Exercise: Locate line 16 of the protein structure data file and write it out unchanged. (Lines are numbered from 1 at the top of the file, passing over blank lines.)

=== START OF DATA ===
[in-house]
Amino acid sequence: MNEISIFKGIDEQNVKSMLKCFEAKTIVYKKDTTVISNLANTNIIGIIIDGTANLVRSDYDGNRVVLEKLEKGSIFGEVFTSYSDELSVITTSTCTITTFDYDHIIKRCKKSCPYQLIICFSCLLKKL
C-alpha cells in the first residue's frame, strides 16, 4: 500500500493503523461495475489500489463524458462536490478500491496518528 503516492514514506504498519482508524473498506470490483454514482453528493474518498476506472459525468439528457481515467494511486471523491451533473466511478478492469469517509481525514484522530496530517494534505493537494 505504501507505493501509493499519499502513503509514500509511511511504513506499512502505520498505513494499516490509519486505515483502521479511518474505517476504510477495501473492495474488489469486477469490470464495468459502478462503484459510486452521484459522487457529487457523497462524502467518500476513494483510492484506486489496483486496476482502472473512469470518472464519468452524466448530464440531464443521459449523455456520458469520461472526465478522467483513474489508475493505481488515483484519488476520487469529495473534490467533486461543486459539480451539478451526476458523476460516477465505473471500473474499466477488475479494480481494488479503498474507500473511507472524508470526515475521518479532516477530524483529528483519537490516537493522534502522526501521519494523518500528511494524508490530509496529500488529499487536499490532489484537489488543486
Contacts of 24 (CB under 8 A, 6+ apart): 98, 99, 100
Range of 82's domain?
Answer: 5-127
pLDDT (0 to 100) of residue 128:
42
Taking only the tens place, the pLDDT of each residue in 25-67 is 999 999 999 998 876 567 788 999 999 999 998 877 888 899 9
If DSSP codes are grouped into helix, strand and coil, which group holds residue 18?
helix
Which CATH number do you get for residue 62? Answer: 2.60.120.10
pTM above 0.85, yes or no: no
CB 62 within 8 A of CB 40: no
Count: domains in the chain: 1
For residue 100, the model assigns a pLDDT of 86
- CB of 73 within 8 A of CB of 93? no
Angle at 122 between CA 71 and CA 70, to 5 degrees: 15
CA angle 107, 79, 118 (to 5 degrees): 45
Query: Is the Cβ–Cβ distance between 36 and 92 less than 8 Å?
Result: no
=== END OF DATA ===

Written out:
For residue 100, the model assigns a pLDDT of 86